By public vote, the winner of the "Richard & Judy best summer read of 2008" is No Time for Goodbye by Linwood Barclay. The results were gathered from viewer reaction on the Richard & Judy Channel 4 show. "Utterly riveting. It will grab you on page one and won't let you go until the final, stunning conclusion", says Tess Gerritsen. My review of this book is here. Although I enjoyed it, I did have a few caveats, in particular the fact that the solution depended on someone not looking at something properly, which in context was highly unlikely. The book is certainly an exciting, easy read, though: perfect for a summer holiday.
In other crime-fiction news, The Times today runs an article by Barry Forshaw about Stieg Larsson, author of The Girl with the Dragon Tattoo, who died before the book (the first of a trilogy) was translated into English, by Reg Keeland. The article hints that the early death of the author may have been related to his fearless journalism, before revealing that this actually was not the case. The second book in the trilogy, The Girl Who Played with Fire, is out in January 2009. You can see the cover and read a mini-extract at Euro Crime. (The commenters agree that the picture of the woman on the cover displays a highly unlikely "model-standard grooming".)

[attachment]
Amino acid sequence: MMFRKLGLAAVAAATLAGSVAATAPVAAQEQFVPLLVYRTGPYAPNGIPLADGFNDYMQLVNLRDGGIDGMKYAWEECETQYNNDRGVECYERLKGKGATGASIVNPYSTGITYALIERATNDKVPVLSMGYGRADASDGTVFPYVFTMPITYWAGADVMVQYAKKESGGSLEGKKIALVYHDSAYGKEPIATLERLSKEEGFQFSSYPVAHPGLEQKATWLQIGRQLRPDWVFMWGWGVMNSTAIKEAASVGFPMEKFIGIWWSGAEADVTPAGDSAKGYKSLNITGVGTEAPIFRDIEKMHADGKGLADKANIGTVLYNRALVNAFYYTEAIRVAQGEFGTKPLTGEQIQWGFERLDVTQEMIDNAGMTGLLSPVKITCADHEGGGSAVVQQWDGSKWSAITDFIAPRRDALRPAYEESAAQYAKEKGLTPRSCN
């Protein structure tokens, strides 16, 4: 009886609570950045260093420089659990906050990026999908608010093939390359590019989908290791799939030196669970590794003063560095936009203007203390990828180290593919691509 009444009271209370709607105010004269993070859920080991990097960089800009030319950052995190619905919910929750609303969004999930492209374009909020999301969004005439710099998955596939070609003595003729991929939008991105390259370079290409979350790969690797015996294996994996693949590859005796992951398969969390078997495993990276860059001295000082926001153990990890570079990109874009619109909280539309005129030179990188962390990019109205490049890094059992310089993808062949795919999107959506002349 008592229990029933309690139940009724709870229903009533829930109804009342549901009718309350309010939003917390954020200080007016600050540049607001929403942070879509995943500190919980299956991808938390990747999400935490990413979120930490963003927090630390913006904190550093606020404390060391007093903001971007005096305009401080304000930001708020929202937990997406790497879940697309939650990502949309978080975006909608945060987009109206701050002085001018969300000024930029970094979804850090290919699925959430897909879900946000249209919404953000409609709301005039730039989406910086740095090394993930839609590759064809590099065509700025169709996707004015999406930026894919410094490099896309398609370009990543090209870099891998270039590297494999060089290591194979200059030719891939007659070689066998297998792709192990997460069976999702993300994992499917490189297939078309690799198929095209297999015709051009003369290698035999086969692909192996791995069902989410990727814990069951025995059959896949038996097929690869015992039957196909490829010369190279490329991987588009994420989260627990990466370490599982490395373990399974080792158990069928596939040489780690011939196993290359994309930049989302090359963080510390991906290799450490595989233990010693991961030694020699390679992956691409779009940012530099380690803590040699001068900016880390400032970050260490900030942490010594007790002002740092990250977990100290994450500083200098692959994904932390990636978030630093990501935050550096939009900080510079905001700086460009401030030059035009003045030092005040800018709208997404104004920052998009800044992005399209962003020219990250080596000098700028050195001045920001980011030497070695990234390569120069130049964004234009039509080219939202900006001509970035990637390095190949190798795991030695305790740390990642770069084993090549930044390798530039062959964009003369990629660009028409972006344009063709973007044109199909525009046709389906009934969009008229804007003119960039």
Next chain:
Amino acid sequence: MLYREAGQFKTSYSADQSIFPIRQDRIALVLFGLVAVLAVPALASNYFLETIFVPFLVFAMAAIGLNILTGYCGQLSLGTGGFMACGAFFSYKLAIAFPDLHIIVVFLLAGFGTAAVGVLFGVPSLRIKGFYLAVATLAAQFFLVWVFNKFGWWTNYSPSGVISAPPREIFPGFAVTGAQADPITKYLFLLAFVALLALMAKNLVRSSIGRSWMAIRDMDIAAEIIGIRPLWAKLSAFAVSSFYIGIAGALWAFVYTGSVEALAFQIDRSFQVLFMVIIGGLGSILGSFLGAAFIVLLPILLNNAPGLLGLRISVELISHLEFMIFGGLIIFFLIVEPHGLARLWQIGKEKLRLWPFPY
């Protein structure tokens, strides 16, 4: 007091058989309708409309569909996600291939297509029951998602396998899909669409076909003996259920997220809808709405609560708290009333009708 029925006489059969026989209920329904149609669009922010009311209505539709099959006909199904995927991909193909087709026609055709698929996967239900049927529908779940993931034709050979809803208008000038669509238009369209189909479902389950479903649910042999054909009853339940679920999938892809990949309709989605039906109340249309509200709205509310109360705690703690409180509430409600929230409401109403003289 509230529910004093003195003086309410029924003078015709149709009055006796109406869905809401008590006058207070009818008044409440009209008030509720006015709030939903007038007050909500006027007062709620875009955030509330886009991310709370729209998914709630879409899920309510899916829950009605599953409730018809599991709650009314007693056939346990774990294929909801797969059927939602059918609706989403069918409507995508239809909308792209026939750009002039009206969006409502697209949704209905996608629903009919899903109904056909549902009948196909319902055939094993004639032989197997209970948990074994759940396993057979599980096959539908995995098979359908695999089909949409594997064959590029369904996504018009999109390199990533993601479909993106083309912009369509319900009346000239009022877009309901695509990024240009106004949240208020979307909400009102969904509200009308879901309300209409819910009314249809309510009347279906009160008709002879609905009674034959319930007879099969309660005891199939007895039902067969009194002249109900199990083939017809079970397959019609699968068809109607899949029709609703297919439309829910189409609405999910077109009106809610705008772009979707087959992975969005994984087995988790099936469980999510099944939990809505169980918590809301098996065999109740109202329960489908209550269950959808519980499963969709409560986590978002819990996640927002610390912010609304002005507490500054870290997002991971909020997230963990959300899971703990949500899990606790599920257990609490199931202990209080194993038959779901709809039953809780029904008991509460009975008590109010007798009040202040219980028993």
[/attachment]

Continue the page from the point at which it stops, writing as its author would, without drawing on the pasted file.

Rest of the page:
If you are a fan of Stieg Larsson and are finding it hard to wait until January, there are many other excellent Swedish (and other Scandinavian) crime novels that will keep you going until then. If you are keen on the investigative journalism theme, I would recommend in particular my adored Liza Marklund's Paradise, which covers very similar themes to The Girl With the Dragon Tattoo, or Mari Jungstedt's Unseen and Unspoken. Asa Larsson (no relation to Stieg)'s debut Sun Storm is along similar lines although featuring a lawyer rather than a journalist. There are so many fantastic Swedish (and other Scandinavian) novels being published at the moment that the reader is truly spoilt. Johan Theorin's debut Echoes from the Dead (translated by Marlaine Delargy, who also translates Asa Larsson) is being much talked about, and I've recently been indulging in Helene Tursten's three books so far translated into English (the first one also translated by Reg Keeland, using the name Steven T Murray).
If you've read everything published in translation from Scandinavia ;-), Karen has just put together an Amazon list for 2009, which I am sure will lengthen as more titles are announced.